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Christopher Bjorke, Grand Forks Herald , Published July 11 2012

Few limits in North Dakota on child farm labor

GRAND FORKS - On family farms, the transition from riding in a parent’s lap on a tractor to operating one can be a matter of just a few years.

“In the 15 to 18 years I’ve been teaching tractor safety classes, a lot of these kids have been driving since they were 9, 10, 11 years old,” said Rick Schmidt, a North Dakota State University extension agent in Oliver County.

Operating tractors and other heavy equipment as soon as they are big enough to reach the controls has been how many farmers have grown up in a region of family farms.

A recent set off rules, proposed but soon withdrawn by the U.S. Department of Labor, would have set a minimum age of 16 for children to operate tractors and other farm equipment. It would have exempted work done by young people on farms owned by their parents.

The short-lived proposal drew a swift reaction from farm groups and other interests that saw it as an unnecessary encroachment on farming traditions.

“We just felt it went too far,” said Woody Barth, president of the North Dakota Farmers Union. “Children need to be on farms.”

Another proposed rule would have set a minimum age of 18 for workers in grain elevators, silos and feed lots.

Steve Strege, executive vice president of the North Dakota Grain Dealers Association, said he did not know of many cases of young people working in elevators and would not likely be doing the most strenuous work in such places.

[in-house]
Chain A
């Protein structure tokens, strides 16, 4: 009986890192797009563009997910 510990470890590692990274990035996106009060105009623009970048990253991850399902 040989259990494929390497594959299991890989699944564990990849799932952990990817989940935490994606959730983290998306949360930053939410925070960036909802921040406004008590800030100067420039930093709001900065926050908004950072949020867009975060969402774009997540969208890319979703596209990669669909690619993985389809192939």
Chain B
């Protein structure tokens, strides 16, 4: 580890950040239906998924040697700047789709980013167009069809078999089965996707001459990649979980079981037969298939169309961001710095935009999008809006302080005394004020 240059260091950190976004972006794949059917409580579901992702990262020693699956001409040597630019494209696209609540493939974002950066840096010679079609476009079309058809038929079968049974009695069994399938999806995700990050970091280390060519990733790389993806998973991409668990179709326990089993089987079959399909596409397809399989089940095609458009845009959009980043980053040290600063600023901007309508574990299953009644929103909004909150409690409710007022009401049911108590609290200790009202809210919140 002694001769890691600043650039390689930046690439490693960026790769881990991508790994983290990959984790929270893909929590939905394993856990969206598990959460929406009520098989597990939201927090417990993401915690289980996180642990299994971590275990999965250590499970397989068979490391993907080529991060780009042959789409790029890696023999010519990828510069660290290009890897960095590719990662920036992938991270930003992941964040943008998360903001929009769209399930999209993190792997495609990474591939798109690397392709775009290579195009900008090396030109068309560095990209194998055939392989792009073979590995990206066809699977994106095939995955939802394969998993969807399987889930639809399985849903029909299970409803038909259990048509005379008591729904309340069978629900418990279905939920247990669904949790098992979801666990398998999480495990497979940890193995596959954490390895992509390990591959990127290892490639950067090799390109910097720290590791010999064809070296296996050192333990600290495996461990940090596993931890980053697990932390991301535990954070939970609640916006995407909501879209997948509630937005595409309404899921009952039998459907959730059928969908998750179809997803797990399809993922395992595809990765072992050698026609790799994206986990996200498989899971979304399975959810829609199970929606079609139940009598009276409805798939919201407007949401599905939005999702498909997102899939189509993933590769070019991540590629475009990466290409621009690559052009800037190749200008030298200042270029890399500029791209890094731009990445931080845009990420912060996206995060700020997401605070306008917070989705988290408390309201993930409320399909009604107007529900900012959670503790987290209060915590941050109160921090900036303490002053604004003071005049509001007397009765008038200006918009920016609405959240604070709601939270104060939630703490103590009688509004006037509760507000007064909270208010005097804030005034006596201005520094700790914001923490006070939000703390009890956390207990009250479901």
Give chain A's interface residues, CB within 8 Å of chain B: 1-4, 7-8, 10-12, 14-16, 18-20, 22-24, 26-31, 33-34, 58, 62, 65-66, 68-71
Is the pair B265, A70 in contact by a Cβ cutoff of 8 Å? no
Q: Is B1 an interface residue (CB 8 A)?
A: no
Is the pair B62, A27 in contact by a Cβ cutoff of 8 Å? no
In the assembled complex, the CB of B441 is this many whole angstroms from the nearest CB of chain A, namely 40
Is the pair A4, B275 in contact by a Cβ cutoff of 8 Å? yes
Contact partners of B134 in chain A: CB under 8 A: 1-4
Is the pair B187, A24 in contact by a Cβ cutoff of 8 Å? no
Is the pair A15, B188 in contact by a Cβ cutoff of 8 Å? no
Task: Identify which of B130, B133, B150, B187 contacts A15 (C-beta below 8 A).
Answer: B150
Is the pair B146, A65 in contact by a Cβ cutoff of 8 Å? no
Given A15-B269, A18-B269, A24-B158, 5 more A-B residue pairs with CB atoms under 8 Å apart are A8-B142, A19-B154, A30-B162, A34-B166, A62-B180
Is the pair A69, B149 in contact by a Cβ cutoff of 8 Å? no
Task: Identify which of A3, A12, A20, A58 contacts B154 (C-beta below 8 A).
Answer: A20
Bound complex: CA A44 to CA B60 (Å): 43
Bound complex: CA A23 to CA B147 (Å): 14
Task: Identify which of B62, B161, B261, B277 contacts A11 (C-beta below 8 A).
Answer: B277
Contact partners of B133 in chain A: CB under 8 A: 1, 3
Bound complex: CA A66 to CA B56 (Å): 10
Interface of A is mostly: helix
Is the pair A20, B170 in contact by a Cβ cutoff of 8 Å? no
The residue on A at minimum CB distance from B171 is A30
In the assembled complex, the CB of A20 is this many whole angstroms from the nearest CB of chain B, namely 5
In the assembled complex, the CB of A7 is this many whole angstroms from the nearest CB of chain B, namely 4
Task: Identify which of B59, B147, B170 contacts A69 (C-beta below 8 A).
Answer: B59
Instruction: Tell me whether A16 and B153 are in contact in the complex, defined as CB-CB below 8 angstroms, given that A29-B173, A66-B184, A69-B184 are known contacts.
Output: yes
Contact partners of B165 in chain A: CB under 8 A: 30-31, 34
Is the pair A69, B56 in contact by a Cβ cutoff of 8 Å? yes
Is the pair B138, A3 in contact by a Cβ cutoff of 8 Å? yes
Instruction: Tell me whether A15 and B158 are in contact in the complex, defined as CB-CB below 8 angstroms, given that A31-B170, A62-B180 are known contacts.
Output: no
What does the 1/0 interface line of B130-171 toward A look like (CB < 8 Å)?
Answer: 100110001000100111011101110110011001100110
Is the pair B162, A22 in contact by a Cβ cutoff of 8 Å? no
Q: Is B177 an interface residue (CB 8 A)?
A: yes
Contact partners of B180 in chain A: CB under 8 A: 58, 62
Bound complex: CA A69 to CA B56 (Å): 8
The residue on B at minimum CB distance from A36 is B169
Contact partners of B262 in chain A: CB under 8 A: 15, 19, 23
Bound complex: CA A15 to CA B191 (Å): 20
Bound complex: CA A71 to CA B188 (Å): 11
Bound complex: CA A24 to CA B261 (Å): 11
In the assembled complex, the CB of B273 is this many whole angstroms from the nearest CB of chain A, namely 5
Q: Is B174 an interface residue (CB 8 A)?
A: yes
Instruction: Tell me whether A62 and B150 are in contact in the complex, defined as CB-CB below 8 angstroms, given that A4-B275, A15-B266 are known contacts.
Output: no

In North Dakota, there is little in the state law to regulate what children can do on farms.

“Farm labor, I’ll say generally is exempt from youth employment laws in North Dakota,” said state Labor Commissioner Tony Weiler.

Farm work, however, is a dangerous occupation for children and adults. In 2011, there were 37 traumatic injuries of young people 18 or younger on farms. Over the past five years, a total of 818 traumatic injuries on farms included injuries to 160 young people.

“Of course, we all know safety is important and we stress that whenever we can,” Weiler said.

Schmidt’s tractor safety courses are designed for children 14 or 15 years old. Age is a factor with the safe operation of equipment, but it also depends on the maturity level of children.

“In some cases, kids might be ready and in other cases they’re not,” he said.

The extension service does not recommend anyone younger than 14 operate equipment. Schmidt also said children should not ride in equipment that does not have a “buddy seat” designed for a passenger or if it does not have a cab or rollover protection system.

Farm equipment has included more safety features over the years, but machinery becoming bigger and more technologically complex has led to new types of equipment accidents if users are not accustomed to new features.

One of the most dangerous pieces of equipment for young people is not a large piece of machinery, but small all-terrain vehicles, Schmidt said.

As aware as he is of the safety hazards posed by operating equipment, he said rules limiting what young people can do on farms would rob them of early education necessary to become farmers.

“I would’ve really struggled with that,” Schmidt said. “Kids want to learn when they’re young.”